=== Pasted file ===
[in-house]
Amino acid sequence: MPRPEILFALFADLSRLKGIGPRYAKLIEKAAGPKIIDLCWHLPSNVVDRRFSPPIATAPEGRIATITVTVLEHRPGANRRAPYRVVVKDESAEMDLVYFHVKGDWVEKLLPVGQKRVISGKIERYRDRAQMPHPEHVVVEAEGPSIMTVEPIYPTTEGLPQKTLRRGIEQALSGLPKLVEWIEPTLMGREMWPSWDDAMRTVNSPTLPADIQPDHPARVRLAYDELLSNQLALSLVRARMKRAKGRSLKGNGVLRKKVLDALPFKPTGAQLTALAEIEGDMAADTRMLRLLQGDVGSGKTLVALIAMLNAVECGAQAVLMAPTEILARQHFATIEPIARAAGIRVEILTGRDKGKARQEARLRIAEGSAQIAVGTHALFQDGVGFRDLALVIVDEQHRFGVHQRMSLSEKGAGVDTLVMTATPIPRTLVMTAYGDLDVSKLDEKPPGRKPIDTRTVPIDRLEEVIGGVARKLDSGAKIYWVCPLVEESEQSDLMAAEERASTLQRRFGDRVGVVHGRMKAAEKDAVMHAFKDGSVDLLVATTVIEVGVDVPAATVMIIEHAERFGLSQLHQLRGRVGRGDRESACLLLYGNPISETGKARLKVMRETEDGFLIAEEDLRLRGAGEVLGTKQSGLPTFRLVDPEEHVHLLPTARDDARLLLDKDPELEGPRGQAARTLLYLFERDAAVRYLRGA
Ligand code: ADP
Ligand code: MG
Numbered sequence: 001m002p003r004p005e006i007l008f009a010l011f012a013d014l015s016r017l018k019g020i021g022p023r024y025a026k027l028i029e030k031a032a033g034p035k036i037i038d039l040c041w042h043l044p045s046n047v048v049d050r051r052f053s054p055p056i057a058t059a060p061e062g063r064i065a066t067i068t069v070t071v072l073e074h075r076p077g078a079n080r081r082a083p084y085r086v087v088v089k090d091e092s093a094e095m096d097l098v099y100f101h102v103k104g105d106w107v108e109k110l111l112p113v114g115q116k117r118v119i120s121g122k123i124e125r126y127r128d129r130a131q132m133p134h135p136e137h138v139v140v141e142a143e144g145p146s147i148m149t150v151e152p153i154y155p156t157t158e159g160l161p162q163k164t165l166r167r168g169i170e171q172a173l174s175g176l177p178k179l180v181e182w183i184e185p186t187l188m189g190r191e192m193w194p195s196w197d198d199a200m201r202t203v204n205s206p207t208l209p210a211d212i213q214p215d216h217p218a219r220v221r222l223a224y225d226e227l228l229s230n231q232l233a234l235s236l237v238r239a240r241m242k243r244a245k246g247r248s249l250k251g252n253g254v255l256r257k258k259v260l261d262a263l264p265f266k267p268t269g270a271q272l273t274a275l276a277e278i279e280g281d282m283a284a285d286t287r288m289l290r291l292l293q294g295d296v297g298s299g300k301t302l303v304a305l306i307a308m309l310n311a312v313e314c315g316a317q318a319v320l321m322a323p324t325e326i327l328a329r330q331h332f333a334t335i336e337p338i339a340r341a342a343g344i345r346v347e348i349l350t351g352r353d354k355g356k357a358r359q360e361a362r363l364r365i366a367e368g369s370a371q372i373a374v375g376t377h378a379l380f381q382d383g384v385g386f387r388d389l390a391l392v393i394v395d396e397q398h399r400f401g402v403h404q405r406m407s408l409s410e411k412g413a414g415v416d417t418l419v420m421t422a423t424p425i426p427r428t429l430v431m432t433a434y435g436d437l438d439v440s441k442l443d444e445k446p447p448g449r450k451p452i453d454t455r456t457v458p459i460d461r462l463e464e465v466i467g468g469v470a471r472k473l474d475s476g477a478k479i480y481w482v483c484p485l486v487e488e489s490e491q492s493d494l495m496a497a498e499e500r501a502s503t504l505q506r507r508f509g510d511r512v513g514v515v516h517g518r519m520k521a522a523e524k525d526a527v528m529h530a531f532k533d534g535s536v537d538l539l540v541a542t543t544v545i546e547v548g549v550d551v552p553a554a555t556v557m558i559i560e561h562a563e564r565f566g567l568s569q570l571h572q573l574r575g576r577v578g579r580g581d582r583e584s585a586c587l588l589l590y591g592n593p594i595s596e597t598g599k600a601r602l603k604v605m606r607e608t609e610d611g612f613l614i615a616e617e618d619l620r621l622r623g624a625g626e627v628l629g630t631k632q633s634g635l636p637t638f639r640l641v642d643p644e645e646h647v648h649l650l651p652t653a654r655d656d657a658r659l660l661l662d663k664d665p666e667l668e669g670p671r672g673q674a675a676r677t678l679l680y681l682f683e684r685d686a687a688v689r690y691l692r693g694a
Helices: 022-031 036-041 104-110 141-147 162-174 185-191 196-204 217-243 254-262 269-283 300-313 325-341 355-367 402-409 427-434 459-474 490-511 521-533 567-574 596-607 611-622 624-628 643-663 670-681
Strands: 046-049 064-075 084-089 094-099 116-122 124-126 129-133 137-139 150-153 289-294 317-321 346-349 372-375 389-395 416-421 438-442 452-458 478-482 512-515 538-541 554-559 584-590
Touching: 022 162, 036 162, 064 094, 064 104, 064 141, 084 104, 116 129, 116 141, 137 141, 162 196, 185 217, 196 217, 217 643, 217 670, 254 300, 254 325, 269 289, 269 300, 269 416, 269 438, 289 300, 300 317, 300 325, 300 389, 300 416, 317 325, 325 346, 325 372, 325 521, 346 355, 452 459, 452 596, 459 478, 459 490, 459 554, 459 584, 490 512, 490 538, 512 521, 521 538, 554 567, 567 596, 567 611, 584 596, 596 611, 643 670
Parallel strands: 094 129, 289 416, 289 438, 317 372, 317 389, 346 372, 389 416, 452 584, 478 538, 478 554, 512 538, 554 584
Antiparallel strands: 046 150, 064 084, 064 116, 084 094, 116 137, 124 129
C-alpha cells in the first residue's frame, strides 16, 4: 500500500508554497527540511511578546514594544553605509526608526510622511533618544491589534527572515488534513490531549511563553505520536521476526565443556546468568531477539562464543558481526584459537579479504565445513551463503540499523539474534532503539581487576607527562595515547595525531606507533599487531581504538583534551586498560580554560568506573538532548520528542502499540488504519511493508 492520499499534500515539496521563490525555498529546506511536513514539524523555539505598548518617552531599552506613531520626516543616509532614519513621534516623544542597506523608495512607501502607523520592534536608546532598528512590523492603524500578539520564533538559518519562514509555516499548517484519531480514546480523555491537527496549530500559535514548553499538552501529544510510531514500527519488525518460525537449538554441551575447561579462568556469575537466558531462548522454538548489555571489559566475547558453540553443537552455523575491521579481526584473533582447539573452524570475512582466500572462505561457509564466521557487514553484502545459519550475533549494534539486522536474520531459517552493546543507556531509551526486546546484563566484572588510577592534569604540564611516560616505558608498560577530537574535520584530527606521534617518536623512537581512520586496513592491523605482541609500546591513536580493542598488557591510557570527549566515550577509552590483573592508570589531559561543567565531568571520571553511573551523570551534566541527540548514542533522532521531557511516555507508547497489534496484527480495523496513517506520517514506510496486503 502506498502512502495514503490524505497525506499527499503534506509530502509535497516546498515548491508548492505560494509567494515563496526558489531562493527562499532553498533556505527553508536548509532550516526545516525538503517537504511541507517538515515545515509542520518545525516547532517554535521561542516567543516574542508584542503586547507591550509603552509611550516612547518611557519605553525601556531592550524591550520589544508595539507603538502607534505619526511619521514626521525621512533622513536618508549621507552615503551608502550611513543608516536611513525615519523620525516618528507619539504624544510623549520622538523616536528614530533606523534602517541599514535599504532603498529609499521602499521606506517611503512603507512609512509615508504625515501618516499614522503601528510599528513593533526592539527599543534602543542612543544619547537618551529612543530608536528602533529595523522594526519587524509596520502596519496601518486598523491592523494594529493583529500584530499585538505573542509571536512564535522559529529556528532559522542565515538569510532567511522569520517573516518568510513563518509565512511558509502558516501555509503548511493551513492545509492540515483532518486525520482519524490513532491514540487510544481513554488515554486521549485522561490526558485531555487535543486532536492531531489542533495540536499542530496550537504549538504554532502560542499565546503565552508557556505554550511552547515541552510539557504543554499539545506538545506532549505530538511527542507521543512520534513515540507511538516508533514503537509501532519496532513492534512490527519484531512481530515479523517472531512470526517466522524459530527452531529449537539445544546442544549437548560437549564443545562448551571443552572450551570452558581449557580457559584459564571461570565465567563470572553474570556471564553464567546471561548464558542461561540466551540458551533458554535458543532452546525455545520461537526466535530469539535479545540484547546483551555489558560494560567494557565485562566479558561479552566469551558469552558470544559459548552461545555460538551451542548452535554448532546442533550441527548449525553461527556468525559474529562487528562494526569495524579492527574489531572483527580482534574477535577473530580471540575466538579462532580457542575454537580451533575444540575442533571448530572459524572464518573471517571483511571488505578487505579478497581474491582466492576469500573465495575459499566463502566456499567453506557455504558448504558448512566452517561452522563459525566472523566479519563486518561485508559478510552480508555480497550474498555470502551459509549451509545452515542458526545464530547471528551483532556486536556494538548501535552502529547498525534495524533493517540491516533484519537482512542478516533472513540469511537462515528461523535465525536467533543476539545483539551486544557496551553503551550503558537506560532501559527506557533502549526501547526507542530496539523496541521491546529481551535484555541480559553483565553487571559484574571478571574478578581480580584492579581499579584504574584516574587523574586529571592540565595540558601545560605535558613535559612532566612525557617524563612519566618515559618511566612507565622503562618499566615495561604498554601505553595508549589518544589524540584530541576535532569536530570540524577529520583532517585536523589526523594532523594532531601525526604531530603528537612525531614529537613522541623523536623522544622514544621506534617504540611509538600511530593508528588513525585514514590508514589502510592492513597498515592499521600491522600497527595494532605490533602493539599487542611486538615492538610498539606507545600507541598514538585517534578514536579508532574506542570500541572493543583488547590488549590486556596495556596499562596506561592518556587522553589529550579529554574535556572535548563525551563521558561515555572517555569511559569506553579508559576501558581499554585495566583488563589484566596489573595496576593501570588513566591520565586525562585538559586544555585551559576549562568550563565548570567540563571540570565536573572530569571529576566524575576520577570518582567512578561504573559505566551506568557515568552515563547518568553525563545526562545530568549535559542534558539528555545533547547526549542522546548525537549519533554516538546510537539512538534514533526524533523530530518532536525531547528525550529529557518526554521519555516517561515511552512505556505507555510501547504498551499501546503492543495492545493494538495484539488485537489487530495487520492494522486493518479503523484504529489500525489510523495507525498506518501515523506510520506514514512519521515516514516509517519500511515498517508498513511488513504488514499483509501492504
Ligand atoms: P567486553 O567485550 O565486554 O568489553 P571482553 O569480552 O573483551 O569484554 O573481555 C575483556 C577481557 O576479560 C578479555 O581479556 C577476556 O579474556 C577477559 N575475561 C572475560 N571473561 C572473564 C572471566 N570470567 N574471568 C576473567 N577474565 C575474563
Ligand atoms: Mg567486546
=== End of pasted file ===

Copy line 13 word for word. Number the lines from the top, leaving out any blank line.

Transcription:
Ligand atoms: Mg567486546